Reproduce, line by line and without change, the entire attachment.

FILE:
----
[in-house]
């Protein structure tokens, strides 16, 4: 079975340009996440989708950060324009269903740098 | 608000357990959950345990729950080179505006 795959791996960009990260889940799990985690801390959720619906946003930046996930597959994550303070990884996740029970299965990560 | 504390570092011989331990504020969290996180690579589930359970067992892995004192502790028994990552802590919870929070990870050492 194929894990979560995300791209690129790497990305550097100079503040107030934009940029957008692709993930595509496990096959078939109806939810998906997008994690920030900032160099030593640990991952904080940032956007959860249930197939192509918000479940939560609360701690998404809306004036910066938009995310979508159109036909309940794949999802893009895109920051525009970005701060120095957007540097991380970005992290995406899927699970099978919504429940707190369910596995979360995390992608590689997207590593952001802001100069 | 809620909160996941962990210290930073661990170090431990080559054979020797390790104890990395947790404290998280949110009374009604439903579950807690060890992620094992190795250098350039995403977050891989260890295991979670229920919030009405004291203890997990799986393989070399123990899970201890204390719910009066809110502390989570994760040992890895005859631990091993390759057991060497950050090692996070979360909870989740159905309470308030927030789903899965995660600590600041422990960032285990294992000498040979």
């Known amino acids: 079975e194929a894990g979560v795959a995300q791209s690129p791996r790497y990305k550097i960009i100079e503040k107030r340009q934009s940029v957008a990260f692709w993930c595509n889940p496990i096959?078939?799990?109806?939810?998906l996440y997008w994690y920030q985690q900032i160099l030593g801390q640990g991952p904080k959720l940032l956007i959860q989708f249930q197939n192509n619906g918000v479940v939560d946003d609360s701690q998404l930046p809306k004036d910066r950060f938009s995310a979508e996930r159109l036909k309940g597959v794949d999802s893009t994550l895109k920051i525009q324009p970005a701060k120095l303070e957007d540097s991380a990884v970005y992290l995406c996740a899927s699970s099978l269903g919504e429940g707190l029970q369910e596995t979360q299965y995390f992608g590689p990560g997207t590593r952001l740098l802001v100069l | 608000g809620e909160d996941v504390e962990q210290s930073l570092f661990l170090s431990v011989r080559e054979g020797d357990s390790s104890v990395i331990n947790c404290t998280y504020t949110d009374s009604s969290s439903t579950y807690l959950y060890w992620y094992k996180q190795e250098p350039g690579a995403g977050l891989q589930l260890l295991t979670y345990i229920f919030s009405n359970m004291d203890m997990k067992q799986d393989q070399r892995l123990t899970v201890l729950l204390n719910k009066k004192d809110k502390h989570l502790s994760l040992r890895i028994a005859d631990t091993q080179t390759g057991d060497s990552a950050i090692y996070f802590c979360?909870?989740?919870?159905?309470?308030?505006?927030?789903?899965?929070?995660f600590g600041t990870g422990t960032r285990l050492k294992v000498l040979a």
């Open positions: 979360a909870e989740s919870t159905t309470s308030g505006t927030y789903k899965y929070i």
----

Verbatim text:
[in-house]
């Protein structure tokens, strides 16, 4: 079975340009996440989708950060324009269903740098 | 608000357990959950345990729950080179505006 795959791996960009990260889940799990985690801390959720619906946003930046996930597959994550303070990884996740029970299965990560 | 504390570092011989331990504020969290996180690579589930359970067992892995004192502790028994990552802590919870929070990870050492 194929894990979560995300791209690129790497990305550097100079503040107030934009940029957008692709993930595509496990096959078939109806939810998906997008994690920030900032160099030593640990991952904080940032956007959860249930197939192509918000479940939560609360701690998404809306004036910066938009995310979508159109036909309940794949999802893009895109920051525009970005701060120095957007540097991380970005992290995406899927699970099978919504429940707190369910596995979360995390992608590689997207590593952001802001100069 | 809620909160996941962990210290930073661990170090431990080559054979020797390790104890990395947790404290998280949110009374009604439903579950807690060890992620094992190795250098350039995403977050891989260890295991979670229920919030009405004291203890997990799986393989070399123990899970201890204390719910009066809110502390989570994760040992890895005859631990091993390759057991060497950050090692996070979360909870989740159905309470308030927030789903899965995660600590600041422990960032285990294992000498040979």
């Known amino acids: 079975e194929a894990g979560v795959a995300q791209s690129p791996r790497y990305k550097i960009i100079e503040k107030r340009q934009s940029v957008a990260f692709w993930c595509n889940p496990i096959?078939?799990?109806?939810?998906l996440y997008w994690y920030q985690q900032i160099l030593g801390q640990g991952p904080k959720l940032l956007i959860q989708f249930q197939n192509n619906g918000v479940v939560d946003d609360s701690q998404l930046p809306k004036d910066r950060f938009s995310a979508e996930r159109l036909k309940g597959v794949d999802s893009t994550l895109k920051i525009q324009p970005a701060k120095l303070e957007d540097s991380a990884v970005y992290l995406c996740a899927s699970s099978l269903g919504e429940g707190l029970q369910e596995t979360q299965y995390f992608g590689p990560g997207t590593r952001l740098l802001v100069l | 608000g809620e909160d996941v504390e962990q210290s930073l570092f661990l170090s431990v011989r080559e054979g020797d357990s390790s104890v990395i331990n947790c404290t998280y504020t949110d009374s009604s969290s439903t579950y807690l959950y060890w992620y094992k996180q190795e250098p350039g690579a995403g977050l891989q589930l260890l295991t979670y345990i229920f919030s009405n359970m004291d203890m997990k067992q799986d393989q070399r892995l123990t899970v201890l729950l204390n719910k009066k004192d809110k502390h989570l502790s994760l040992r890895i028994a005859d631990t091993q080179t390759g057991d060497s990552a950050i090692y996070f802590c979360?909870?989740?919870?159905?309470?308030?505006?927030?789903?899965?929070?995660f600590g600041t990870g422990t960032r285990l050492k294992v000498l040979a």
């Open positions: 979360a909870e989740s919870t159905t309470s308030g505006t927030y789903k899965y929070i």